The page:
#BannedBooksWeek, A Celebration

This week, from September 25 to October 1, is Banned Books Week, one of my favorite weeks of the year (aside from Christmas break and Shark Week!). But what is so important about this particular week, in general? It’s just a bunch of books that uptight people once complained about, right? Well, this week is so much more than that. This year’s theme is diversity, since books written by authors of color tend to be banned or challenged at a higher rate than those written by white authors.

Banned Books Week represents the freedom of speech and expression, solidarity with the human condition, and the right to read. This week’s theme complements the needs expressed by the hashtag #WeNeedDiverseBooks.

To celebrate Banned Books Week, I have put together a Goodreads shelf of the banned books I have read (please note that the list also includes some challenged books). I have also started reading Alice Walker’s The Color Purple (which is also on the reading list for Emma Watson’s feminist book club Our Shared Shelf!).

For further information on banned books week:

Banned Books Week Official Website
Add Banned Books banner to your Twitter picture with Twibbon
Marshall University’s collection of the most popular books banned, listed by year
144 books and why they were outlawed

How are you celebrating Banned Books Week?


4 thoughts on “#BannedBooksWeek, A Celebration

  1. Great post I always forget when banned book week is so I will have to set a calendar reminder next year. Looking through blogs/twitter/booktube it’s amazing to see what books have been banned some are real head scratchers (as to why it was banned). Hope you’re enjoying the Color Purple I loved that book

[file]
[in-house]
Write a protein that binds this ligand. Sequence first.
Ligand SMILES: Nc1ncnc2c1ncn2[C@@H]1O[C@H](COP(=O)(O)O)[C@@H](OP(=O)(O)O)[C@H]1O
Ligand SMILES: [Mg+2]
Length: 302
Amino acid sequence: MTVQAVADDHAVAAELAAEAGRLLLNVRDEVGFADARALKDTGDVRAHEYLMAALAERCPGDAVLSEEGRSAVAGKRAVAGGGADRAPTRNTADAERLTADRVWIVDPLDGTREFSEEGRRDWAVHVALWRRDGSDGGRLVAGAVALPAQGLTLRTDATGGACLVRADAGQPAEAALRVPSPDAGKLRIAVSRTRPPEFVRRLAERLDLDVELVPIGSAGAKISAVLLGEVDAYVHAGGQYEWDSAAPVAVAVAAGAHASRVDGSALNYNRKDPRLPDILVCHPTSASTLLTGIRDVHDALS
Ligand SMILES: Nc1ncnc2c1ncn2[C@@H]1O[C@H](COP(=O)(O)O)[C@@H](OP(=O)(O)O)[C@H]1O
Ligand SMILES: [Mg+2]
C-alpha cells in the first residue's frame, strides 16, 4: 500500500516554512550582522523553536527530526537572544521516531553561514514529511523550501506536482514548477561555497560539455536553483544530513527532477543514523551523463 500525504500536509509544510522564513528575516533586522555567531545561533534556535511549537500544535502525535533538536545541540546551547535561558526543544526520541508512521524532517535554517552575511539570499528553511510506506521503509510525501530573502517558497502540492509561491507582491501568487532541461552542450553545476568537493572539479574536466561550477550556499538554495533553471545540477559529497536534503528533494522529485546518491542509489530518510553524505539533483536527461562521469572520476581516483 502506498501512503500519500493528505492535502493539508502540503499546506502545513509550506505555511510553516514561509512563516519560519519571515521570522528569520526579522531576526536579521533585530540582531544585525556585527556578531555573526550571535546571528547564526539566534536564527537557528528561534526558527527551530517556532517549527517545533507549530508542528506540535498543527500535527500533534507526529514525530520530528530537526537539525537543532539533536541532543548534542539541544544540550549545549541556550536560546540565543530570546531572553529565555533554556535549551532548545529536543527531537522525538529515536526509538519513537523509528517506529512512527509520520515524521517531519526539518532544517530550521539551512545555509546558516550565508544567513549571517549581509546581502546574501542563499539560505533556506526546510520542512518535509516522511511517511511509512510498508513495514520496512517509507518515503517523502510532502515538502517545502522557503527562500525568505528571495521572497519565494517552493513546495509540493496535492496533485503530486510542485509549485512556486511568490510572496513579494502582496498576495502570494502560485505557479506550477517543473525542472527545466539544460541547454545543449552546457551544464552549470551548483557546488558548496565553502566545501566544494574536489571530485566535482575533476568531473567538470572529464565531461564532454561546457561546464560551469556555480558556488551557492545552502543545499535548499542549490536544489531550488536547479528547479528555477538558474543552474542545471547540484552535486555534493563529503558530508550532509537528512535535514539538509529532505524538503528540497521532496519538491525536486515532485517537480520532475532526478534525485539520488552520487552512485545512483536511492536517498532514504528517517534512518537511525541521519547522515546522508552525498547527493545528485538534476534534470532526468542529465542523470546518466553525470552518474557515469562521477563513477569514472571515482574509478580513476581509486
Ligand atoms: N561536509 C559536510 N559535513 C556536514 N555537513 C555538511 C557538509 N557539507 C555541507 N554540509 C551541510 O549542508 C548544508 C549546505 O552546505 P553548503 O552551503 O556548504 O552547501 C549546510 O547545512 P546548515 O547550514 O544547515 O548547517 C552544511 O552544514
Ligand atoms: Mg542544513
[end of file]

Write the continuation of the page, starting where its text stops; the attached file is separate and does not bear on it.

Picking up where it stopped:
Liked by 1 person

      1. Exactly ! what offends one person might be educational to another – and to be honest I believe this is usually the case books that benefit us by giving real points of views on diverse cultures and people are usually the ones banned!
        I’m glad you’re enjoying The Color Purple.

        Liked by 1 person

      2. I love that this year’s theme is diversity! I think children especially can benefit from banned and challenged books, since they can see new perspectives outside of their usual environment.


Leave a Reply

Fill in your details below or click an icon to log in: Logo

You are commenting using your account. Log Out / Change )

Twitter picture

You are commenting using your Twitter account. Log Out / Change )

Facebook photo

You are commenting using your Facebook account. Log Out / Change )

Google+ photo

You are commenting using your Google+ account. Log Out / Change )

Connecting to %s